Germany: Land Of Poverty... Or Prosperity?

Time after time, it appears, in Europe 'beggars can be choosers'. That is, it seems, until Cyprus when the Merkel hammer was brought down and a new 'template' to avoid German taxpayers implictly taking on the burden of southern European largesse. The initial pro-Euro indifference to the bailouts has turned increasingly to resentment in Germany - and as we noted here, the rise of anti-Euro parties in the very heart of the political project. The following Bloomberg Briefs chart explains the tension and why the German 'five-wise-men' are pushing for a broad-based 'wealth tax' across Europe's periphery.

Simply put, the Germans bearing the burden are 'poorer' than the peripheral nations as the chart of median wealth so clearly indicates. Combine this with the fact that Germany has the lowest rate of home ownership in Europe and it is little wonder that 'Alternative-for-Germany' party is already at a 3% polling?

However, as discussed here, while it may not be reasonable to ask the ‘poor’ median German household to transfer resources to southern European countries, it may be more reasonable to make such demands on the richer part of the German households and the corporate sector. The problem is that this wealth is very unequally distributed in Germany, creating a perception among less wealthy Germans that these transfers are unfair.

Median Net Wealth...


Home Ownership...


It seems just another massively broad disparity in the European disunion...BUT...

Chart: Bloomberg Briefs

But as Paul De Grauwe and Yuemei Ji note from VoxEU,

Are Germans Really Poorer Than Spaniards, Italians, And Greeks?

Rarely have statistics been misused so much for political purposes as when recently the ECB published the results of a survey of household wealth in the Eurozone countries (2013a). From this survey it appeared that the median German household had the lowest wealth of all Eurozone countries. Figure 1 summarises the main results for the most significant Eurozone countries.

Figure 1. Net wealth of median households (1000€)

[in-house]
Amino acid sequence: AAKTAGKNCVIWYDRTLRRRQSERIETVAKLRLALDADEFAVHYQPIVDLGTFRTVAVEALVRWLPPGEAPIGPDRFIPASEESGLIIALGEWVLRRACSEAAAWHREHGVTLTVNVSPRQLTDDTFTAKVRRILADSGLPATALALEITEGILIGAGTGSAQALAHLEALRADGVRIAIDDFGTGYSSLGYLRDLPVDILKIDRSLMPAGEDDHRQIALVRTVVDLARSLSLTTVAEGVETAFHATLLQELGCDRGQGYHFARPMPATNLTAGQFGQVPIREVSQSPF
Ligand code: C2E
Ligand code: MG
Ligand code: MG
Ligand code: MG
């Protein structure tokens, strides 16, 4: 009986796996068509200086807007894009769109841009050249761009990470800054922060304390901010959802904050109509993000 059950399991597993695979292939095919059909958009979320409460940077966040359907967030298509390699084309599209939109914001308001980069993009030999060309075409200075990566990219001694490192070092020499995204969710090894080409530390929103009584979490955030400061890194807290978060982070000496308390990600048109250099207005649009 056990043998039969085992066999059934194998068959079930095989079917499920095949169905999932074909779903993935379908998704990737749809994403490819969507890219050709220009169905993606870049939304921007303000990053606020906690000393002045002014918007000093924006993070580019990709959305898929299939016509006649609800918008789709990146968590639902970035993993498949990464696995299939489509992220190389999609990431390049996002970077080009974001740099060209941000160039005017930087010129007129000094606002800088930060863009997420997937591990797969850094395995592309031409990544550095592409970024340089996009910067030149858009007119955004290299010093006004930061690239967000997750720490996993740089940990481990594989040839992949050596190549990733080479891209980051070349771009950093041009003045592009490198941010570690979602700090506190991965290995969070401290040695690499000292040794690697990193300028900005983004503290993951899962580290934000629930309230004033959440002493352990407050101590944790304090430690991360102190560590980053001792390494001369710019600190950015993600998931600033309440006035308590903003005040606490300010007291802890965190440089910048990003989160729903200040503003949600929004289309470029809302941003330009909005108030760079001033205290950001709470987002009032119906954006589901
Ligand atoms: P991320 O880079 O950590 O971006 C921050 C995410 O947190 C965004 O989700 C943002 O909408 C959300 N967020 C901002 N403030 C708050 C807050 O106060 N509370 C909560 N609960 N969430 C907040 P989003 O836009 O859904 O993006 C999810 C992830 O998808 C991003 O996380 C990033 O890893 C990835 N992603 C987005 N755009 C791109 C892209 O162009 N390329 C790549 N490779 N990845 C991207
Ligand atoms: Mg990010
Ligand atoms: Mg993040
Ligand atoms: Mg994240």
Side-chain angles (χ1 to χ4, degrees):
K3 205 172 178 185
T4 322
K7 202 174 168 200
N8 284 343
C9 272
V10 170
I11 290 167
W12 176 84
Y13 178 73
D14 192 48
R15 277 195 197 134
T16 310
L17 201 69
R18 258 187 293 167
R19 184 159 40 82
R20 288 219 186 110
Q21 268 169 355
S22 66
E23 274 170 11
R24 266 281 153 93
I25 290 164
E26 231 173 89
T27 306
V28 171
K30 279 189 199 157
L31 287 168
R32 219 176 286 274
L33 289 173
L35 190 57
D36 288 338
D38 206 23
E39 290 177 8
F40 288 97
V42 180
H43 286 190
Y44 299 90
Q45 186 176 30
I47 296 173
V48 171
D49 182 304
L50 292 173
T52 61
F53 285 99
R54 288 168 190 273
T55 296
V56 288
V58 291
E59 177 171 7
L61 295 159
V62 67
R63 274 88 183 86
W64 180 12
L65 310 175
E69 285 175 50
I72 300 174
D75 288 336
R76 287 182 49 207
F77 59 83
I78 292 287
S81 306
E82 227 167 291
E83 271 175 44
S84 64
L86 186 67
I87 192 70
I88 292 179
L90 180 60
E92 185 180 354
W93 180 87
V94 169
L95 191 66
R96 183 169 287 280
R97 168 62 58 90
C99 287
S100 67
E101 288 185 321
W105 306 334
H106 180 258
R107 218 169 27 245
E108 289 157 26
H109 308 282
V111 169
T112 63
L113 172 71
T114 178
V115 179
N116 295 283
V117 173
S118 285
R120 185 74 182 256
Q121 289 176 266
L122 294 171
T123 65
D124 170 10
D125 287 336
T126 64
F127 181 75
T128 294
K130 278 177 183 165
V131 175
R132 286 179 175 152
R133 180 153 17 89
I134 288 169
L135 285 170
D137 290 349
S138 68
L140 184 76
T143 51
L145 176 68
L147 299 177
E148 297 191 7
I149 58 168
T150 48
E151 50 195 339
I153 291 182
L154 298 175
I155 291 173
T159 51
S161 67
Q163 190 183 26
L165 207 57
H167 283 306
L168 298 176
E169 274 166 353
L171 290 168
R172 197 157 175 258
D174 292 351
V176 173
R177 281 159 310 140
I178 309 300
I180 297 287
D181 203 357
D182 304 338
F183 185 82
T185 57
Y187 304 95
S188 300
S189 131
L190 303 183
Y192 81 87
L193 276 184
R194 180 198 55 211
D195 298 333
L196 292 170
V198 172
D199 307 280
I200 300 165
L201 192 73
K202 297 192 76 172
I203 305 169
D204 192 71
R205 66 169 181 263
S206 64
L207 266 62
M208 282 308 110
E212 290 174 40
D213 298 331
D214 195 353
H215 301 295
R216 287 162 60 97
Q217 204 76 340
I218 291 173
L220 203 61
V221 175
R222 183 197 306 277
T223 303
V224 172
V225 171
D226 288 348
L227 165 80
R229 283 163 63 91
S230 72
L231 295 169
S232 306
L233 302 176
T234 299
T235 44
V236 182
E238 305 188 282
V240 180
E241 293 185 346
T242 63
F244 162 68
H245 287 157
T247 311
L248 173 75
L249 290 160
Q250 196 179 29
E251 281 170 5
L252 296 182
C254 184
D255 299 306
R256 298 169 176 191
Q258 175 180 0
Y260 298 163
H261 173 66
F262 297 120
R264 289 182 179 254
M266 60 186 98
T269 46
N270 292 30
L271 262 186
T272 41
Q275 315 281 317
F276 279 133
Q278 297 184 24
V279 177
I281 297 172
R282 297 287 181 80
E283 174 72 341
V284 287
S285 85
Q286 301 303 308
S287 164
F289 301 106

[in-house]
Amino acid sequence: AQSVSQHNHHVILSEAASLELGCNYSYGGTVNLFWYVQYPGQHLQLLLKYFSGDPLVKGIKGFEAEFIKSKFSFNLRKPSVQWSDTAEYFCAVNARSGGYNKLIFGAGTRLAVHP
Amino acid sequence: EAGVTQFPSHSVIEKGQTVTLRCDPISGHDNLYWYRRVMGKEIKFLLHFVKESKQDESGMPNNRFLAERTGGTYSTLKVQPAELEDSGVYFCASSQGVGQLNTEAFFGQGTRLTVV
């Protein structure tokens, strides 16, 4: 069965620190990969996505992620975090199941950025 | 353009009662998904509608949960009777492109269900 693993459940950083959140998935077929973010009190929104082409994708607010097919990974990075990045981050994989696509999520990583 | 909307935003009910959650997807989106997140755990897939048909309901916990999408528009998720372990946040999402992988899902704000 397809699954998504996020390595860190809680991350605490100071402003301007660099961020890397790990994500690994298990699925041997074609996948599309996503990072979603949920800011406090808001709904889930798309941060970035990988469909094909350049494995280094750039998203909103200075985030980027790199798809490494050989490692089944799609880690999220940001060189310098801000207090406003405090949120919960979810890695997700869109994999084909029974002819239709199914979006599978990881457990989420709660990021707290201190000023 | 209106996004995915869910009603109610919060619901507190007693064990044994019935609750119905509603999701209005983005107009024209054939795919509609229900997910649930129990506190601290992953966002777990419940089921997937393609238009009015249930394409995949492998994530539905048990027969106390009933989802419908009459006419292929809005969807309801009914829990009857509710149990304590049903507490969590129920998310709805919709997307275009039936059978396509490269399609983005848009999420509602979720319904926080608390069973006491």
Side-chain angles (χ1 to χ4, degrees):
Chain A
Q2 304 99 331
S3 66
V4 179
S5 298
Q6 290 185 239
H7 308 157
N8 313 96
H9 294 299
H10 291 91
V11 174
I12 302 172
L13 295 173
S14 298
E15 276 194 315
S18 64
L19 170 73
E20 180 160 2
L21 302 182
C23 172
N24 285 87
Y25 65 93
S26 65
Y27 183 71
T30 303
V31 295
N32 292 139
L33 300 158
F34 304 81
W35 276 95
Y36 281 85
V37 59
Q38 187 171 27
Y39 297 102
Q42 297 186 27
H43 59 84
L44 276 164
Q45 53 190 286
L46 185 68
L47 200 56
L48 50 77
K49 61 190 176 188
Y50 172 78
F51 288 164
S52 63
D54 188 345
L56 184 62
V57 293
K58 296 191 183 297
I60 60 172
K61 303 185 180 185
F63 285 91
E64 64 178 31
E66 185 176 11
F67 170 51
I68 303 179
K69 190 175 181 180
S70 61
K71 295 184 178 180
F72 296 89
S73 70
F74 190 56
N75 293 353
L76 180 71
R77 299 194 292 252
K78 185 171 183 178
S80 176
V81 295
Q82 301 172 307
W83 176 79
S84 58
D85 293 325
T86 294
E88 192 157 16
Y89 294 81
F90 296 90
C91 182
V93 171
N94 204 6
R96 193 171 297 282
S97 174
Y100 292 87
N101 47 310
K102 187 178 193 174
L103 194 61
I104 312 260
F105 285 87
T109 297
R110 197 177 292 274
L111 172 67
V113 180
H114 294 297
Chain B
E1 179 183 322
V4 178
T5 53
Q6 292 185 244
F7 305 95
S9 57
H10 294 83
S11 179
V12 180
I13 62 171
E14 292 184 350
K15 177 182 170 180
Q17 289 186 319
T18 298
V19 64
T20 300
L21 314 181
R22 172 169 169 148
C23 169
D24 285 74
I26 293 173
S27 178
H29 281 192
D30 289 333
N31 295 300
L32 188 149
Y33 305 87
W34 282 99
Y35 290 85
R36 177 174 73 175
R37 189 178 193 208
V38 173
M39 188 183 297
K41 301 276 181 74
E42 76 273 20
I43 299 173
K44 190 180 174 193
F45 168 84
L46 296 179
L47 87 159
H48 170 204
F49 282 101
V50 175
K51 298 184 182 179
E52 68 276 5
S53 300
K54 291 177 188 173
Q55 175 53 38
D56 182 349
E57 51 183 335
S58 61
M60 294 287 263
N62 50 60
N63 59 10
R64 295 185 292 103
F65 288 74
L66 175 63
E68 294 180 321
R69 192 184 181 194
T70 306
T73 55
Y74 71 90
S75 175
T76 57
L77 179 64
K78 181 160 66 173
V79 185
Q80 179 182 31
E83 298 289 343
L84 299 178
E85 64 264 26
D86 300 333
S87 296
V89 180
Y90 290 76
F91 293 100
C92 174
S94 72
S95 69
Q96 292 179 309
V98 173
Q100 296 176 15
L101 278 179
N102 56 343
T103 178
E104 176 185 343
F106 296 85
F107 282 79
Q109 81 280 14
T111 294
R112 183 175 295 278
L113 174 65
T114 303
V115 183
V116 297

Source: European Central Bank (2013).

From Figure 1 it appears that not only the median German household has the lowest wealth, but also that the differences within the Eurozone are enormous. The median households in countries like Belgium, Spain and Italy appear to be three to four times wealthier than the median German household. Even the median Greek household is twice as wealthy as the German one.

The publication of these numbers by the ECB quickly led many observers to conclude that it is unacceptable that the poor Germans have to pay for the rescue of the much richer Greeks, Spaniards and Portuguese (see, e.g., Wall Street Journal 2013, Financial Times 2013, Frankfurter Allgemeine 2013).

Is this the right conclusion?

A first thing to note is that the ECB also published the mean net wealth of households in the Eurozone. Surprisingly, the mean household wealth numbers were not given much attention in the media, despite the fact that when compared with the median numbers they provide important information about the distribution of wealth in the different member countries. We show the mean wealth numbers in Figure 2. It is striking to find that the mean household wealth of Germany (approximately €200,000) is not the lowest of the Eurozone anymore.

Figure 2. Mean household net wealth (1000€)

Source: European Central Bank (2013).


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